Call for Papers: American Association of Wine Economists Mendoza, Argentina Meetings May 26-30, 2015

The American Association of Wine Economists will meet in Mendoza, Argentina on May 26-30, 2015. The National University of Cuyo, Mendoza is hosting the gathering.

The organizers have issued a “Call for Papers” on subjects related to wine economics and business including analyses in statistics, history, psychology, law, viticulture and enology. They are also open to papers related to beer and food.

Details can be found on the AAWE’s website. Those interested in participating should send a 500-word abstract to aawe@wine-economics.org by January 20, 2015.

Sababay Wines of Bali: New Latitudes, New Flavors, New Frontiers

BottlesThe Wine Economist’s chief Hanoi correspondent Ali Hoover recently visited Bali, Indonesia and volunteered to investigate the local wine sector, focusing on Sababay wine. Here is her report.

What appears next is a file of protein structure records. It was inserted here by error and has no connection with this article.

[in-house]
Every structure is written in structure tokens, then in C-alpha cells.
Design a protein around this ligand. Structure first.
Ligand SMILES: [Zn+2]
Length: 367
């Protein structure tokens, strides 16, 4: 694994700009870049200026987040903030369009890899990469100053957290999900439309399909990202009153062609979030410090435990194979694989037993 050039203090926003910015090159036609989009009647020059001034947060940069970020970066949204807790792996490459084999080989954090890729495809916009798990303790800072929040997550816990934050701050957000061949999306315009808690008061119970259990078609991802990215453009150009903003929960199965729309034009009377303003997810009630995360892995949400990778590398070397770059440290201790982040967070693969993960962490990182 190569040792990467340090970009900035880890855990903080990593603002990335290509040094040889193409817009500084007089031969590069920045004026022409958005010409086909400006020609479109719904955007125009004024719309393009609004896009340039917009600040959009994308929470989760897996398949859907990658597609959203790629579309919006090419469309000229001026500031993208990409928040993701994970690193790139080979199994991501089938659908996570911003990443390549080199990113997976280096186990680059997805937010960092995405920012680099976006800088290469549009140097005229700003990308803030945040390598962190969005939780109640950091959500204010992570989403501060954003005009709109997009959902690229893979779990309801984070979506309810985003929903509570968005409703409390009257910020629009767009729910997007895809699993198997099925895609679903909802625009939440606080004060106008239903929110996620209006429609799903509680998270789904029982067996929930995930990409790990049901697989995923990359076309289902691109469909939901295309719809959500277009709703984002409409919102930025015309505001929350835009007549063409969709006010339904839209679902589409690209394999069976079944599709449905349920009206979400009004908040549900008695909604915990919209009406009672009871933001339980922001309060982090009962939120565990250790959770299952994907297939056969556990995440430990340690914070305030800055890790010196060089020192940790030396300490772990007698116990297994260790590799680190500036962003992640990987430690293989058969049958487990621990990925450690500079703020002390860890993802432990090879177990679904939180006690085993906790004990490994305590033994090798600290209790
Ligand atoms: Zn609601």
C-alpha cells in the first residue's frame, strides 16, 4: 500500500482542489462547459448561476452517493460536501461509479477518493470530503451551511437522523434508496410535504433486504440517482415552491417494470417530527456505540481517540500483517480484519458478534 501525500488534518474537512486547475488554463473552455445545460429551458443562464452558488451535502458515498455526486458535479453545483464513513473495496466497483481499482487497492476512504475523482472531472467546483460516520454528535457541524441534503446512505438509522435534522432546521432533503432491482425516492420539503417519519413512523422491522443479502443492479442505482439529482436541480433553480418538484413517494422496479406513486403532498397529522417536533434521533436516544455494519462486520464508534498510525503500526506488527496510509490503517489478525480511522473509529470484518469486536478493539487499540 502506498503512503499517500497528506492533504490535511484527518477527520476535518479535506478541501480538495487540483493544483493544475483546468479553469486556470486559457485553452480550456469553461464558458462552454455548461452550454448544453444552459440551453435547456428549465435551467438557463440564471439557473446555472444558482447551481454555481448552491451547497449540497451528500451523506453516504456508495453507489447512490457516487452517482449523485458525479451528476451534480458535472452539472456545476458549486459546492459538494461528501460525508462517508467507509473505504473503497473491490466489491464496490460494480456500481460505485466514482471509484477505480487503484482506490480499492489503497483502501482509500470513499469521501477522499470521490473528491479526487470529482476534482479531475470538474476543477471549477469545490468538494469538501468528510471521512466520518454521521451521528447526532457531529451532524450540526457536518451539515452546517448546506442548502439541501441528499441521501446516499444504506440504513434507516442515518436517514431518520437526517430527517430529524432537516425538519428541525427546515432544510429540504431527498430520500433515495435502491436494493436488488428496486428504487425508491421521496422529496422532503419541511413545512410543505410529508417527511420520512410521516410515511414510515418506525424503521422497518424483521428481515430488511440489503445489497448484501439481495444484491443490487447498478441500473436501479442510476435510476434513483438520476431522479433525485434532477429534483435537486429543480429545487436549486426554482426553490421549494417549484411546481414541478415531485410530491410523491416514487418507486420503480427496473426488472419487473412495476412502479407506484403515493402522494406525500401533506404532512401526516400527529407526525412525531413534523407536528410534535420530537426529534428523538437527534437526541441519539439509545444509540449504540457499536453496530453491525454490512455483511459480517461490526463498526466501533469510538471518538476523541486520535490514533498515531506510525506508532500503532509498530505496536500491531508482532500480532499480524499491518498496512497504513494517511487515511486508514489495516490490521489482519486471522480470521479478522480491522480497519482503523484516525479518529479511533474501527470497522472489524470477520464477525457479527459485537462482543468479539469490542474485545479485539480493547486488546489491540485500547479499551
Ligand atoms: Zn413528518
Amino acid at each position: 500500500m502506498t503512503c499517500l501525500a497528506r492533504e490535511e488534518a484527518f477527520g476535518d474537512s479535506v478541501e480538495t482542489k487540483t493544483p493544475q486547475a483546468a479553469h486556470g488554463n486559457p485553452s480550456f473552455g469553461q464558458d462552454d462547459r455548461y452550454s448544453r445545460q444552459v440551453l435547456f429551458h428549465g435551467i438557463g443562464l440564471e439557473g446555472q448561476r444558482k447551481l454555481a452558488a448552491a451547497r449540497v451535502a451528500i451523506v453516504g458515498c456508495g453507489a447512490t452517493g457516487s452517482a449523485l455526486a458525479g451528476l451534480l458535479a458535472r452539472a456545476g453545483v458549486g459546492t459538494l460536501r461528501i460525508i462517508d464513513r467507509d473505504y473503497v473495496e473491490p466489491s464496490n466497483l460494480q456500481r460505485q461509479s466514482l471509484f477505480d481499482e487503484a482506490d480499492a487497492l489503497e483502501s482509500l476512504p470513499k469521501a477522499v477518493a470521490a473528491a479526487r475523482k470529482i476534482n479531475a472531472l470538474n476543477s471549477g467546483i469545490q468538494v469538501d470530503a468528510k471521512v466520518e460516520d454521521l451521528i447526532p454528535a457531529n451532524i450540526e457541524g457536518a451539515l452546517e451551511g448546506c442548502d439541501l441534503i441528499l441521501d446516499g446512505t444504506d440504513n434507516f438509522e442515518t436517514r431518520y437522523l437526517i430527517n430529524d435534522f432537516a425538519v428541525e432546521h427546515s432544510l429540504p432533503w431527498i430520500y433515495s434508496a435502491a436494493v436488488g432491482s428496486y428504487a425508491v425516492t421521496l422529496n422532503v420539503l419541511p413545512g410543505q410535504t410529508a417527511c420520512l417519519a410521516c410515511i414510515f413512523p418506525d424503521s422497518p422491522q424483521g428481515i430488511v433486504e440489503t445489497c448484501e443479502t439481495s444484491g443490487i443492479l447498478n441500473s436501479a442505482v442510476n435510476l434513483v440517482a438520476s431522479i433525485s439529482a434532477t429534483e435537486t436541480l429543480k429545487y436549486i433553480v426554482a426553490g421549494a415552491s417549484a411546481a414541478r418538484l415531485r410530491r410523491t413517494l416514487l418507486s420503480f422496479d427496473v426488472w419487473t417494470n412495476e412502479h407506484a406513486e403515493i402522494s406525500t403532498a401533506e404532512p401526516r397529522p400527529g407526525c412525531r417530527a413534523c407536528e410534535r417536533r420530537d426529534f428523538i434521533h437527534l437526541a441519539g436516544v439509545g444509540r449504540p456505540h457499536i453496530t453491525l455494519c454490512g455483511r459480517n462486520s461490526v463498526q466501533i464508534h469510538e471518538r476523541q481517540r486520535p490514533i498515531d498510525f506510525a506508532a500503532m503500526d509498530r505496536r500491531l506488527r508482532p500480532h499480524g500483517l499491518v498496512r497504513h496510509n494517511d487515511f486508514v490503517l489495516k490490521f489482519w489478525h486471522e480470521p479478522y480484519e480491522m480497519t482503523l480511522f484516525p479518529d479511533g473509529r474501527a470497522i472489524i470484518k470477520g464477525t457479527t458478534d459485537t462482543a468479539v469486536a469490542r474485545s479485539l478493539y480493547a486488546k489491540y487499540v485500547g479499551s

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A decade ago, one of my personal favorite wine celebrities, Jancis Robinson, wrote about a new breed of wine emerging on the market – New Latitude Wines. Joining existing wine region categories of Old World and New World, New Latitude’s name suggests it all: these alternate regions seek to break out from the +/- 30 to 50 degree latitude belt considered the bookends of quality viticulture, due in part to climate change, but also enabled through increasing human understanding of how and when vines grow and advancements in refrigeration and irrigation techniques. Jancis ended her article with hesitation, though, admitting “I still find it hard to believe that New Latitude Wines will ever be seriously good, but then that’s what was said about New World Wines not that long ago.”